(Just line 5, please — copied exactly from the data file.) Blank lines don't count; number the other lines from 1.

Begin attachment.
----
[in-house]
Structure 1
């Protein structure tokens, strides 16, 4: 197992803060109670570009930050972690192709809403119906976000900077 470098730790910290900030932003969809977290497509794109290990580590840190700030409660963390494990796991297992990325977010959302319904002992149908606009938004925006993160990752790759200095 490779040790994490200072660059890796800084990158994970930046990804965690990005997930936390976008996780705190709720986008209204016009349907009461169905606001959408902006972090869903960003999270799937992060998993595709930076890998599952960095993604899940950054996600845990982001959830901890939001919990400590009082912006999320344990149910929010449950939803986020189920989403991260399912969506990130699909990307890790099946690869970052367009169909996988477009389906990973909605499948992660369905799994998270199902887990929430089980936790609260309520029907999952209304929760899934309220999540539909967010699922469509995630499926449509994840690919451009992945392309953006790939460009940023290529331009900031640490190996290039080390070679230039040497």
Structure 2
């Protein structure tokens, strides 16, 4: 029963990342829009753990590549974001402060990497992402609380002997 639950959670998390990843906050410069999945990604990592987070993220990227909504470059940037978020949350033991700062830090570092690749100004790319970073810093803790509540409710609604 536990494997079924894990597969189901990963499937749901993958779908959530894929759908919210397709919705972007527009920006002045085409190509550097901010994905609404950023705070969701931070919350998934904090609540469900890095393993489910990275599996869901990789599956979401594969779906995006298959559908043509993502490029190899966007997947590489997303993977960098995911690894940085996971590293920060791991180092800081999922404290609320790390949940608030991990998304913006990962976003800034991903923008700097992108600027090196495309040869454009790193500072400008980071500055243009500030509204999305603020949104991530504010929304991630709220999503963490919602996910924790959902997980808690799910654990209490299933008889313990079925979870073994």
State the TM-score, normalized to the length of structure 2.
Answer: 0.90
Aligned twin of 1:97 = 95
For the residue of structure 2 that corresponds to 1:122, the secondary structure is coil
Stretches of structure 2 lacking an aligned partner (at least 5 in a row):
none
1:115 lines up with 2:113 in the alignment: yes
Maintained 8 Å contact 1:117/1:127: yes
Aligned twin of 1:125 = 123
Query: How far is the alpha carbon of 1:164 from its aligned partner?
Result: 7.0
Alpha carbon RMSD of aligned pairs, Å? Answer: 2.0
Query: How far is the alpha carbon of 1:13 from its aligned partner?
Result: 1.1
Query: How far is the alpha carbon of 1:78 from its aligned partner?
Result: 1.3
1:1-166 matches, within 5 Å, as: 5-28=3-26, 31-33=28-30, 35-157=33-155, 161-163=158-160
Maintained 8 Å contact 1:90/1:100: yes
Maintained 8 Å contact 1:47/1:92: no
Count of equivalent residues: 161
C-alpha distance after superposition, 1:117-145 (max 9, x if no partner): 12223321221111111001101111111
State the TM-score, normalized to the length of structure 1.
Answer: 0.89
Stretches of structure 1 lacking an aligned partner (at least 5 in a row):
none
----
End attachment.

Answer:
């Protein structure tokens, strides 16, 4: 029963990342829009753990590549974001402060990497992402609380002997 639950959670998390990843906050410069999945990604990592987070993220990227909504470059940037978020949350033991700062830090570092690749100004790319970073810093803790509540409710609604 536990494997079924894990597969189901990963499937749901993958779908959530894929759908919210397709919705972007527009920006002045085409190509550097901010994905609404950023705070969701931070919350998934904090609540469900890095393993489910990275599996869901990789599956979401594969779906995006298959559908043509993502490029190899966007997947590489997303993977960098995911690894940085996971590293920060791991180092800081999922404290609320790390949940608030991990998304913006990962976003800034991903923008700097992108600027090196495309040869454009790193500072400008980071500055243009500030509204999305603020949104991530504010929304991630709220999503963490919602996910924790959902997980808690799910654990209490299933008889313990079925979870073994």